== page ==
The Tax Court distinguished the Supreme Court's decision in U.S. v. Byrum, 408 U.S. 125 (1972), which held that a decedent's right to vote shares he placed in a trust for his children did not cause them to be included in his estate under Code Sec. 2036(a)(2) because, as the controlling shareholder, his fiduciary duties to minority shareholders limited his influence over the company's dividends. The Tax Court, following its previous decision in Estate of Strangi, T.C. Memo. 2003-145, aff'd, 417 F.3d 468 (5th Cir. 2005), found that the fiduciary duties applicable to a family limited partnership are not equivalent to those implicated in Byrum. The Tax Court noted that in addition to his duties as general partner, Mr. Powell owed duties to Mrs. Powell that he assumed either before he created the partnership or at about the same time. The Tax Court saw no reason to believe that Mr. Powell would have exercised his power as the general partner in ways that would have prejudiced Mrs. Powell's interests. Further, because Mrs. Powell owned 99 percent of NHP, any fiduciary duties Mr. Powell owed would be almost exclusively to Mrs. Powell. Finally, the court saw no evidence that NHP conducted any meaningful business operations; it was simply an investment vehicle for Mrs. Powell and her sons. Any fiduciary duties that might limit Mr. Powell's power over NHP's distributions were, in the Tax Court's view, illusory.
Having held that Code Sec. 2036(a) required the inclusion of the cash and securities in Mrs. Powell's estate, the Tax Court then determined that the amount of the inclusion had to be reduced by the value of the partnership interest received by Mrs. Powell. Under Code Sec. 2043(a), the value of the property included in the estate is the excess of the value of the transferred assets on the date of death over the value of the consideration received in exchange, as of the date of the transfer. The court said that the inclusion must take into account any discounts applied in valuing the partnership interest and any increase or decrease in the value of the transferred assets between the date of transfer and the date of death.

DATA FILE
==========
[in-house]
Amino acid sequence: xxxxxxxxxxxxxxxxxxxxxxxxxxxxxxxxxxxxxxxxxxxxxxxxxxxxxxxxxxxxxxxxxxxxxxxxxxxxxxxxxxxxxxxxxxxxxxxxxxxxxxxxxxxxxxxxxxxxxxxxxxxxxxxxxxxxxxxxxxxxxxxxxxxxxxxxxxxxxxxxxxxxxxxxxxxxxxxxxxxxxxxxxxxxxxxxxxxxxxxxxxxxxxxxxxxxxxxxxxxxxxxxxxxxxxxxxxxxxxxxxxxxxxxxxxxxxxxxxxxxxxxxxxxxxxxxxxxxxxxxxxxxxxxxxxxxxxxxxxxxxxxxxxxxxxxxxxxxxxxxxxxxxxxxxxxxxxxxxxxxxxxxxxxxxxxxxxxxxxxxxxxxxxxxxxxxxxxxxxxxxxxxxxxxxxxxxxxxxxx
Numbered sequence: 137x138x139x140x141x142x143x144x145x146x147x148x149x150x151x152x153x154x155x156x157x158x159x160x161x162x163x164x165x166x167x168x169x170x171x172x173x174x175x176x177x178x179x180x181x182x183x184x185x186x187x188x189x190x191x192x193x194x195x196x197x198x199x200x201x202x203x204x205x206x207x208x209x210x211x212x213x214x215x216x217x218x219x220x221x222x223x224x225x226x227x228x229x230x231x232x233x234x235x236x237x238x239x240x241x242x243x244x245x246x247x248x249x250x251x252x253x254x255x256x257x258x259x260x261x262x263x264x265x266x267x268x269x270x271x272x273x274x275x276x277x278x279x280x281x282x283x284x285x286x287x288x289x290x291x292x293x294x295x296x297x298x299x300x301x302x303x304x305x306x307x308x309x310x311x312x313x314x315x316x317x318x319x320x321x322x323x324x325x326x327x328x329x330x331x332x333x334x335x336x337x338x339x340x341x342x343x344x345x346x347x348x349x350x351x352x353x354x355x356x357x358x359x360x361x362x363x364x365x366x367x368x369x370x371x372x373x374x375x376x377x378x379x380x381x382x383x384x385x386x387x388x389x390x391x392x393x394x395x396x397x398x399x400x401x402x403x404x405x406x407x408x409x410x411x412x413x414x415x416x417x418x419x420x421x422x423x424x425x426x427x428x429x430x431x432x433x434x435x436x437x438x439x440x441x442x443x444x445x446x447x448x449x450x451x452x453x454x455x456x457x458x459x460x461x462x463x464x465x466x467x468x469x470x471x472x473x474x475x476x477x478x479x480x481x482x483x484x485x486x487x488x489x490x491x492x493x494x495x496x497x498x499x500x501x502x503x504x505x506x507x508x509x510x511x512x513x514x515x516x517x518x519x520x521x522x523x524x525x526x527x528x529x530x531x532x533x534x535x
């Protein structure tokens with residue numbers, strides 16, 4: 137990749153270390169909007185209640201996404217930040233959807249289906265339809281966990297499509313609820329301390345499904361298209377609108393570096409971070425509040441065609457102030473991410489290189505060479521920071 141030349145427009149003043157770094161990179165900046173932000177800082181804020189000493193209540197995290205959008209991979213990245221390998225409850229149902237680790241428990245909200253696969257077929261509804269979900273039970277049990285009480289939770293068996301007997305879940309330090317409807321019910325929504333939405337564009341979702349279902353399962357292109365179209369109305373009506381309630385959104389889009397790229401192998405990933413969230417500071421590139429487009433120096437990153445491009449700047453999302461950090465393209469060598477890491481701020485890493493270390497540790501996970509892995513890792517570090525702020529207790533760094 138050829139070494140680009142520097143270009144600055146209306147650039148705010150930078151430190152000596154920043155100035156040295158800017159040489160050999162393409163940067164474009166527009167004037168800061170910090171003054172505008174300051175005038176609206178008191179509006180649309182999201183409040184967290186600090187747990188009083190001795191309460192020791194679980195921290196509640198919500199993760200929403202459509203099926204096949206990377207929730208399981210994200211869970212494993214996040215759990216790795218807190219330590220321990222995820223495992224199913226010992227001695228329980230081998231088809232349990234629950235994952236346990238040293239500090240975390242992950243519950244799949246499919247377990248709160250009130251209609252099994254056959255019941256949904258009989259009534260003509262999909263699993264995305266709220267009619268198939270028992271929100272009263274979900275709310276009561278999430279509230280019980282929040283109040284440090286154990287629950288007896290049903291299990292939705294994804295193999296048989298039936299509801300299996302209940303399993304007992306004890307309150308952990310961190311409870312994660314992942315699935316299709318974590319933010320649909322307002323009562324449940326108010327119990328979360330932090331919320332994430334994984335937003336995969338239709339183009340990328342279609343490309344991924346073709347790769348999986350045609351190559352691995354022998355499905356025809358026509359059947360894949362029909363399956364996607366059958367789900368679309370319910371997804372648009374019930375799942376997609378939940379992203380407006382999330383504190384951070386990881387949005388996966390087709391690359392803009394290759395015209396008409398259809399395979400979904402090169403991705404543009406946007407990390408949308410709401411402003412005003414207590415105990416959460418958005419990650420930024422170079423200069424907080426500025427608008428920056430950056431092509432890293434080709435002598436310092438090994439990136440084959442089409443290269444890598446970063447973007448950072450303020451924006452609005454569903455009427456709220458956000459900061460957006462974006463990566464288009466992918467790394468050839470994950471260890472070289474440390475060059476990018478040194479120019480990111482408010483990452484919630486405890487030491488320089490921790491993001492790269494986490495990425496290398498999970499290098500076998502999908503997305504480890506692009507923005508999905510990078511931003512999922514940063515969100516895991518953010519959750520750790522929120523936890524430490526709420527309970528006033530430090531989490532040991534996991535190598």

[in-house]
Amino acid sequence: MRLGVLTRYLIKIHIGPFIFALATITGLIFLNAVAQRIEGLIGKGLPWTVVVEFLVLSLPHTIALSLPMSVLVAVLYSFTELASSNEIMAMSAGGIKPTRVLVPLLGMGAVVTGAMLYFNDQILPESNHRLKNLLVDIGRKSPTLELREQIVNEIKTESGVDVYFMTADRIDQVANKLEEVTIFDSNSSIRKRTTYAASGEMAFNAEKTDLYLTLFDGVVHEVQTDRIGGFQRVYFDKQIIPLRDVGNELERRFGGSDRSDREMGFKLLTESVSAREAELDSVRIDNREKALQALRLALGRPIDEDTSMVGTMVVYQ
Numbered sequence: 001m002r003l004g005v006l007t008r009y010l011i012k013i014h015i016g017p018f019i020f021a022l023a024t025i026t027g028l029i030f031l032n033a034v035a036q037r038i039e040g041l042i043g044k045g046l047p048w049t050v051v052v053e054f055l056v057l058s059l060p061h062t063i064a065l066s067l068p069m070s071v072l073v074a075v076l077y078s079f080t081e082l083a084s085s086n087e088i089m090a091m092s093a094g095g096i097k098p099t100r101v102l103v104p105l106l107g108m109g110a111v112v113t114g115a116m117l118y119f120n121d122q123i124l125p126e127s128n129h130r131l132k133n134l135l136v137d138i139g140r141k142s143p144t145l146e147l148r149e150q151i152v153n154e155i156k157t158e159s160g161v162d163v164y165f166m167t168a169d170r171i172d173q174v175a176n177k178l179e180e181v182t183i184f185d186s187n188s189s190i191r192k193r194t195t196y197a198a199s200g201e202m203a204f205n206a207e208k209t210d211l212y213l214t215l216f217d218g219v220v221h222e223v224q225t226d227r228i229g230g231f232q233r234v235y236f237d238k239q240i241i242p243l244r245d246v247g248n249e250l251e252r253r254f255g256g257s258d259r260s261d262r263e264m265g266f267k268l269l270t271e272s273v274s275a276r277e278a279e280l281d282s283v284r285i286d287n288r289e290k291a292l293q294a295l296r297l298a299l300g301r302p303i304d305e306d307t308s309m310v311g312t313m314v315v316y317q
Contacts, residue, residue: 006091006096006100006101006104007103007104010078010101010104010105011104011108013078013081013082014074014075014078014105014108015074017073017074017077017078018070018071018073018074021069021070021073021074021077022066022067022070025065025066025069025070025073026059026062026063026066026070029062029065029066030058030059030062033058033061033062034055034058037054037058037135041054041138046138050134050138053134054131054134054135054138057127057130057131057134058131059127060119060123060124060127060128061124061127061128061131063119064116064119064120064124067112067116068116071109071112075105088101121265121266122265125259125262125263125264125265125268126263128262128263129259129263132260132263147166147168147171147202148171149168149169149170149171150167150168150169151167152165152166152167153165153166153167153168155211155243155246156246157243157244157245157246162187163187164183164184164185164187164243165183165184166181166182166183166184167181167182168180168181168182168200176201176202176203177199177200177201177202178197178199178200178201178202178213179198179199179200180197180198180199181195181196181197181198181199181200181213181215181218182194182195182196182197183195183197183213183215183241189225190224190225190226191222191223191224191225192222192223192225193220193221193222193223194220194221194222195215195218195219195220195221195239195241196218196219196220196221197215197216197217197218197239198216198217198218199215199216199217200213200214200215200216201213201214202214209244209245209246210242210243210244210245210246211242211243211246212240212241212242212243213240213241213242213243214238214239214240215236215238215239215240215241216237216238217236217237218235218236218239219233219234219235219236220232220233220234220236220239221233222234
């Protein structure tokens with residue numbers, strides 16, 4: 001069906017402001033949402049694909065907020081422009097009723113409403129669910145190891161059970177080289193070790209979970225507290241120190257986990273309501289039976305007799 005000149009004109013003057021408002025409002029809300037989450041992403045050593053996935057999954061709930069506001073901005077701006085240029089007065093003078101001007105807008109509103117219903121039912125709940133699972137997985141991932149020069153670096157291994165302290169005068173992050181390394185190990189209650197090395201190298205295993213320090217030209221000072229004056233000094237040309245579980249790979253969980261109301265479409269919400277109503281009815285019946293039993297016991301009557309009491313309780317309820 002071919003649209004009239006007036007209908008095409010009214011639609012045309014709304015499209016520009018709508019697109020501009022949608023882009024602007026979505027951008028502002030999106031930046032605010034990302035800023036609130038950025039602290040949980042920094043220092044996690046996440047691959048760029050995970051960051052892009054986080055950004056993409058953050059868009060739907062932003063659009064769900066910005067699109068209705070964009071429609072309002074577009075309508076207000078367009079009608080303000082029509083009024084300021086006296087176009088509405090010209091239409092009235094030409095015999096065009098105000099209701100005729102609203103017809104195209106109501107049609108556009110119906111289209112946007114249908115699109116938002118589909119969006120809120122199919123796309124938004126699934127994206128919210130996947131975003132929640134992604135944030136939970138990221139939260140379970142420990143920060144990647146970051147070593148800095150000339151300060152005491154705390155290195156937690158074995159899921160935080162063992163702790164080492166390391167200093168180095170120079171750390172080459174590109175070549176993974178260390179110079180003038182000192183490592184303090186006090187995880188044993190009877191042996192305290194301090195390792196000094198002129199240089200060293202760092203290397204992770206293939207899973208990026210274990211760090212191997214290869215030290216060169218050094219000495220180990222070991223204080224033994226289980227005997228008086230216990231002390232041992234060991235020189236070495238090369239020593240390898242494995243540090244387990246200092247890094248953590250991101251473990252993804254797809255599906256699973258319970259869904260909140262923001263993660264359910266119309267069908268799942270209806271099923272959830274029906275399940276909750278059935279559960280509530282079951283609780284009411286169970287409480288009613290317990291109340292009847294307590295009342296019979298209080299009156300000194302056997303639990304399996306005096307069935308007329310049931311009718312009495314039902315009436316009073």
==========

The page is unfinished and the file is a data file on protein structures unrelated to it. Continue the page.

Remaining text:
On the issue of the purported gift of Mrs. Powell's interest in NHP to the CLAT, the Tax Court held that under California law, general grants of authority to convey property do not provide the power to make gifts, and that an express grant of authority is required. Further, the estate's ratification argument was rejected. The court found that the ratification provision in the POA only ratified acts done by virtue of the POA, and not acts done outside the authority granted by the POA. Interpreting the ratification provision to authorize a gift in excess of the gift tax exclusion amount would conflict with the California rule that the power to make gifts must be expressly granted. Because the Tax Court found that the gift was either void or revocable, the gross estate included the value of the partnership interest, including any applicable discount for lack of marketability. However, the estate was not liable for any gift tax deficiency on the purported gift
Observation: In a concurring opinion, seven judges disagreed with the court's application of Code Sec. 2043(a), which in their view was an untried new theory that could invite overly aggressive tax planning. Rather, the concurring judges would have disregarded the purported transfer of the cash and securities to the partnership under Code Sec. 2036(a)(2) and held that their full value was included in the gross estate. Under this approach, Mrs. Powell's partnership interest would have been treated as an alter ego with no value other than the cash and securities, so there would be no double inclusion problem as a result of including both the cash and securities and the partnership interest in the gross estate.
For a discussion of the inclusion in a gross estate of transfers with a retained life interest, see Parker Tax ¶225,510. For a discussion of inclusions of revocable transfers, see Parker Tax ¶225,910.
Last Updated by Admin on 2017-05-31 02:12:51 PM